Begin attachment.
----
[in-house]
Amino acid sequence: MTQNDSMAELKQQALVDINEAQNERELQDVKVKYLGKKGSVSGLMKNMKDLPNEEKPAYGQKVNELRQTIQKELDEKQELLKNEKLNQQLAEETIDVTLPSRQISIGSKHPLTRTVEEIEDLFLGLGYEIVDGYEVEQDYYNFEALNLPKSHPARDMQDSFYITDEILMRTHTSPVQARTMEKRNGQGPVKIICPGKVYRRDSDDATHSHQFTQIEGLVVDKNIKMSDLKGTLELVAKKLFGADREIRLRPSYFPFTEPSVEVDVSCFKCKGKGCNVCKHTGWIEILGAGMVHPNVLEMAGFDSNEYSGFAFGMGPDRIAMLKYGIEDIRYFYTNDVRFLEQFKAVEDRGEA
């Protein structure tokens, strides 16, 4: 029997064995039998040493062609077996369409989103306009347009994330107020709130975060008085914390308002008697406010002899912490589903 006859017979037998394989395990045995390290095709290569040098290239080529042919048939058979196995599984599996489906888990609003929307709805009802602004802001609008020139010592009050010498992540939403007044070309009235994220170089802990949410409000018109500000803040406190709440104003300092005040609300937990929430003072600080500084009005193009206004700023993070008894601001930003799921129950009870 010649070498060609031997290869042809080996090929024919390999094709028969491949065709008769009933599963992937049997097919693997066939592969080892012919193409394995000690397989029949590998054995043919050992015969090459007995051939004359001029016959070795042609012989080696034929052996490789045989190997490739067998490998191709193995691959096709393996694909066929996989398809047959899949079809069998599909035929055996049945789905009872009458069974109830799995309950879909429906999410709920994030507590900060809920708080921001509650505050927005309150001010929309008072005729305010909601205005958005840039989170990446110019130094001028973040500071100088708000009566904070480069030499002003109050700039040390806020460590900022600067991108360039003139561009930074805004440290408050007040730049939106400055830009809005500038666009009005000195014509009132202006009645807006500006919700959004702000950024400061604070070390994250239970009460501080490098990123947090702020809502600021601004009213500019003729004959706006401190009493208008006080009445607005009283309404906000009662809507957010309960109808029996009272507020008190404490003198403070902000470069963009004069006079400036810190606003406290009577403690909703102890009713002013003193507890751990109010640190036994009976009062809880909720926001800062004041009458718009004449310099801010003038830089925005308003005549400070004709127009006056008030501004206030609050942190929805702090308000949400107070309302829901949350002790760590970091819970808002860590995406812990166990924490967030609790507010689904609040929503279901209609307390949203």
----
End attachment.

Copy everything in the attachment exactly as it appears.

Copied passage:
[in-house]
Amino acid sequence: MTQNDSMAELKQQALVDINEAQNERELQDVKVKYLGKKGSVSGLMKNMKDLPNEEKPAYGQKVNELRQTIQKELDEKQELLKNEKLNQQLAEETIDVTLPSRQISIGSKHPLTRTVEEIEDLFLGLGYEIVDGYEVEQDYYNFEALNLPKSHPARDMQDSFYITDEILMRTHTSPVQARTMEKRNGQGPVKIICPGKVYRRDSDDATHSHQFTQIEGLVVDKNIKMSDLKGTLELVAKKLFGADREIRLRPSYFPFTEPSVEVDVSCFKCKGKGCNVCKHTGWIEILGAGMVHPNVLEMAGFDSNEYSGFAFGMGPDRIAMLKYGIEDIRYFYTNDVRFLEQFKAVEDRGEA
């Protein structure tokens, strides 16, 4: 029997064995039998040493062609077996369409989103306009347009994330107020709130975060008085914390308002008697406010002899912490589903 006859017979037998394989395990045995390290095709290569040098290239080529042919048939058979196995599984599996489906888990609003929307709805009802602004802001609008020139010592009050010498992540939403007044070309009235994220170089802990949410409000018109500000803040406190709440104003300092005040609300937990929430003072600080500084009005193009206004700023993070008894601001930003799921129950009870 010649070498060609031997290869042809080996090929024919390999094709028969491949065709008769009933599963992937049997097919693997066939592969080892012919193409394995000690397989029949590998054995043919050992015969090459007995051939004359001029016959070795042609012989080696034929052996490789045989190997490739067998490998191709193995691959096709393996694909066929996989398809047959899949079809069998599909035929055996049945789905009872009458069974109830799995309950879909429906999410709920994030507590900060809920708080921001509650505050927005309150001010929309008072005729305010909601205005958005840039989170990446110019130094001028973040500071100088708000009566904070480069030499002003109050700039040390806020460590900022600067991108360039003139561009930074805004440290408050007040730049939106400055830009809005500038666009009005000195014509009132202006009645807006500006919700959004702000950024400061604070070390994250239970009460501080490098990123947090702020809502600021601004009213500019003729004959706006401190009493208008006080009445607005009283309404906000009662809507957010309960109808029996009272507020008190404490003198403070902000470069963009004069006079400036810190606003406290009577403690909703102890009713002013003193507890751990109010640190036994009976009062809880909720926001800062004041009458718009004449310099801010003038830089925005308003005549400070004709127009006056008030501004206030609050942190929805702090308000949400107070309302829901949350002790760590970091819970808002860590995406812990166990924490967030609790507010689904609040929503279901209609307390949203």